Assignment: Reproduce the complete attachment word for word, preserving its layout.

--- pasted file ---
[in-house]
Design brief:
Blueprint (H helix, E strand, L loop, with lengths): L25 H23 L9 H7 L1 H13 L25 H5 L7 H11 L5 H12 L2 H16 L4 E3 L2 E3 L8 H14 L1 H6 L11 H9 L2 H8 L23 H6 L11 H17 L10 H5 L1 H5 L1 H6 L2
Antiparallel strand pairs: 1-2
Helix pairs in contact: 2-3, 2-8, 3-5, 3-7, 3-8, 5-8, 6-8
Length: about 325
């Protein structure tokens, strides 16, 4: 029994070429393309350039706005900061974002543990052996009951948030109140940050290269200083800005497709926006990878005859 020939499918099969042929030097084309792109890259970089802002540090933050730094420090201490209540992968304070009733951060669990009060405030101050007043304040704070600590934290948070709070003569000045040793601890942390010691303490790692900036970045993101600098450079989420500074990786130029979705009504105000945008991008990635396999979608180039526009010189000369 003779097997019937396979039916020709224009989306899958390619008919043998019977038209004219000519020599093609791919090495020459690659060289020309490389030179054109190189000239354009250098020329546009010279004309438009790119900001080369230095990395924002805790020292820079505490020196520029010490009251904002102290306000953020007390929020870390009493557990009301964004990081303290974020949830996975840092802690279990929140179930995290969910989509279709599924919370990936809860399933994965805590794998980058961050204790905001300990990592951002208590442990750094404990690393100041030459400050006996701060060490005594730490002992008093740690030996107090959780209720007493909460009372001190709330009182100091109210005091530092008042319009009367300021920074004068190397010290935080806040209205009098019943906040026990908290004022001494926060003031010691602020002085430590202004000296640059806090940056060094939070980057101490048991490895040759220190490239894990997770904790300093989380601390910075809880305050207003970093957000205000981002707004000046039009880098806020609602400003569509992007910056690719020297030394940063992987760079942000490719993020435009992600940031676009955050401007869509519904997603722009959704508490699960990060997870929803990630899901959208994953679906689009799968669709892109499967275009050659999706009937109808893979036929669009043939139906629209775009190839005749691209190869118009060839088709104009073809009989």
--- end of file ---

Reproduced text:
[in-house]
Design brief:
Blueprint (H helix, E strand, L loop, with lengths): L25 H23 L9 H7 L1 H13 L25 H5 L7 H11 L5 H12 L2 H16 L4 E3 L2 E3 L8 H14 L1 H6 L11 H9 L2 H8 L23 H6 L11 H17 L10 H5 L1 H5 L1 H6 L2
Antiparallel strand pairs: 1-2
Helix pairs in contact: 2-3, 2-8, 3-5, 3-7, 3-8, 5-8, 6-8
Length: about 325
């Protein structure tokens, strides 16, 4: 029994070429393309350039706005900061974002543990052996009951948030109140940050290269200083800005497709926006990878005859 020939499918099969042929030097084309792109890259970089802002540090933050730094420090201490209540992968304070009733951060669990009060405030101050007043304040704070600590934290948070709070003569000045040793601890942390010691303490790692900036970045993101600098450079989420500074990786130029979705009504105000945008991008990635396999979608180039526009010189000369 003779097997019937396979039916020709224009989306899958390619008919043998019977038209004219000519020599093609791919090495020459690659060289020309490389030179054109190189000239354009250098020329546009010279004309438009790119900001080369230095990395924002805790020292820079505490020196520029010490009251904002102290306000953020007390929020870390009493557990009301964004990081303290974020949830996975840092802690279990929140179930995290969910989509279709599924919370990936809860399933994965805590794998980058961050204790905001300990990592951002208590442990750094404990690393100041030459400050006996701060060490005594730490002992008093740690030996107090959780209720007493909460009372001190709330009182100091109210005091530092008042319009009367300021920074004068190397010290935080806040209205009098019943906040026990908290004022001494926060003031010691602020002085430590202004000296640059806090940056060094939070980057101490048991490895040759220190490239894990997770904790300093989380601390910075809880305050207003970093957000205000981002707004000046039009880098806020609602400003569509992007910056690719020297030394940063992987760079942000490719993020435009992600940031676009955050401007869509519904997603722009959704508490699960990060997870929803990630899901959208994953679906689009799968669709892109499967275009050659999706009937109808893979036929669009043939139906629209775009190839005749691209190869118009060839088709104009073809009989």